I have suffered with asthma since I was a child. I was painfully aware that my lungs did not work effectively. My bronchioles would constrict and make me struggle to breathe. So I took a couple puffs of an inhaler and, like magic, my lungs opened up. But COPD, Chronic Obstructive Pulmonary Disease, is a different animal. When I developed COPD, I moved up to the major leagues in lung disease.
In college I contracted Aspergillosis, a fungus, from cleaning out a dirty air conditioner. A few days later the fungus had entered my lungs. Aspergillosis soon led to COPD. A CAT Scan indicated that my lower left lung was permanently damaged. I was sent to the hospital by my doctor and there I had a bronchoscopy; this involves a tubular instrument that is inserted through your nose and into your lungs that takes pictures and sucks obstructive phlegm out. Although you are given a local anesthetic, it is an uncomfortable experience.
It’s a difficult pill to swallow when you are a young adult and have a serious lung disease. I felt depressed laying in the hospital bed not knowing what the course of this disease would take. My thoughts went to the worst case scenario–being hooked up to an oxygen tank and being inactive or sedentary for the rest of my life.
One of the best things that happened in the hospital was when my doctor sent over one of his patients, John, who was in his 60’s and had COPD. He told me that COPD is not a death sentence. I could still live a very long life and still be very active. He told me that he plays golf and works out every day. I was impressed. He looked to be a hearty and healthy older man.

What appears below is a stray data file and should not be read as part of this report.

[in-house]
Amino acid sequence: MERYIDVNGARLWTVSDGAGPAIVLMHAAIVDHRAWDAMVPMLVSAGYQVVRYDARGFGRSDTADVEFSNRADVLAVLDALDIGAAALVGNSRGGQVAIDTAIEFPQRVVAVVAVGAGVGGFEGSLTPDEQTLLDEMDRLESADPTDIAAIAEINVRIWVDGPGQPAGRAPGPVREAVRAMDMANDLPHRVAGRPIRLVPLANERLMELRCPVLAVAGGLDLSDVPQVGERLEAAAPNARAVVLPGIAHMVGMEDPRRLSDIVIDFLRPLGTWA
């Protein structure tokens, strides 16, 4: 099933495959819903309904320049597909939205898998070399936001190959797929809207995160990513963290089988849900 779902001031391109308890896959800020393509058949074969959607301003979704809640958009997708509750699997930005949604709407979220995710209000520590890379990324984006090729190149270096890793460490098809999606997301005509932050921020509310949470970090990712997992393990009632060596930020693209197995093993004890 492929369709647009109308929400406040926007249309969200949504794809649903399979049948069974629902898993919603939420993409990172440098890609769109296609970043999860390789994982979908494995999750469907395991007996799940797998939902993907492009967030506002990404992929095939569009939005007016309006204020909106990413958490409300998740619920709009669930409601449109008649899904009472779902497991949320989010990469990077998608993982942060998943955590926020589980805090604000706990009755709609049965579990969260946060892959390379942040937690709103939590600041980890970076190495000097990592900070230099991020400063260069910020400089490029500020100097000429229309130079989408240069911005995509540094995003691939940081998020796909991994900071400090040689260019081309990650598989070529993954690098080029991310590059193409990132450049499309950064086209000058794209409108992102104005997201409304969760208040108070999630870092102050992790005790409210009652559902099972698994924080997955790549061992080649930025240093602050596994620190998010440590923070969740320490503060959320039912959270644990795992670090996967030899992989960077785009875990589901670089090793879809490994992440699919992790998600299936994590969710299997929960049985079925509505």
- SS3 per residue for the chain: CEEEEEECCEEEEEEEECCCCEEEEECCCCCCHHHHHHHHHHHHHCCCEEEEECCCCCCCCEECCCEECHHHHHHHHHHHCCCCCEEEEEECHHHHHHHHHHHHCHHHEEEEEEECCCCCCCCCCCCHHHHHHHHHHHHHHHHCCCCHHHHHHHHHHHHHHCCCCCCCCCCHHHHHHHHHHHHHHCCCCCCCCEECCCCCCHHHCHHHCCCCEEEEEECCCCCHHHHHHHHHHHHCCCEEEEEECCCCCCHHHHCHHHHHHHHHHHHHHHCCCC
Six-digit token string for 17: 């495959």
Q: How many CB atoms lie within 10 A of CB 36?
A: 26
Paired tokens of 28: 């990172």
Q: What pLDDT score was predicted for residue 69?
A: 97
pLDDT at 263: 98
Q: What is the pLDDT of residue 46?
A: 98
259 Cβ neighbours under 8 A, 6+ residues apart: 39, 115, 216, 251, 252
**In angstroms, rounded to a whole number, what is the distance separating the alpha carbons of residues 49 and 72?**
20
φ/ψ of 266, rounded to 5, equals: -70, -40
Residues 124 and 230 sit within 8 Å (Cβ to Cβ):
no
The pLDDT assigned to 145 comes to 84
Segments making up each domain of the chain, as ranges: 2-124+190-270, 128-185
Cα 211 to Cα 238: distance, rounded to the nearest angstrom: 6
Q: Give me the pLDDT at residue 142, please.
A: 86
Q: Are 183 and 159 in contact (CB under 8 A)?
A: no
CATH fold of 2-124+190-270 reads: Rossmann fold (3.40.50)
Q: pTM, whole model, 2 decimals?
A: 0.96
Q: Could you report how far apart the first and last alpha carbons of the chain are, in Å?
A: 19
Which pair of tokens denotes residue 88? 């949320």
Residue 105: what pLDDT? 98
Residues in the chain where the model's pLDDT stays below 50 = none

“The trick,” John said, “is to stay on top of the COPD. You must have regular visits with your pulmonologist and take your medication as prescribed which might include prednisone and antibiotics in addition to your regular medication regimen. Because If you don’t stay on top of COPD, you will end up with more lung damage and another trip to the hospital.” He scared me, but I needed it.
I was glad I was hospitalized because it educated me on the severity of the disease. I had made a commitment to my health while there. I saw my doctor regularly to monitor the COPD. The fact is when you have COPD you always have infected lungs. And when you get a cold, flu or bronchitis that infection can escalate into pneumonia and create further damage to the lungs. I had to be extra cautious.
It is now 37 years since I had been diagnosed with COPD. I just celebrated my 59th birthday. I have never been more active. I do yoga daily that involves handstands and backbends that even people half my age can’t do. My COPD has not gotten progressively worse. That’s because I value my doctor’s advice and make my pulmonary health a priority in my life.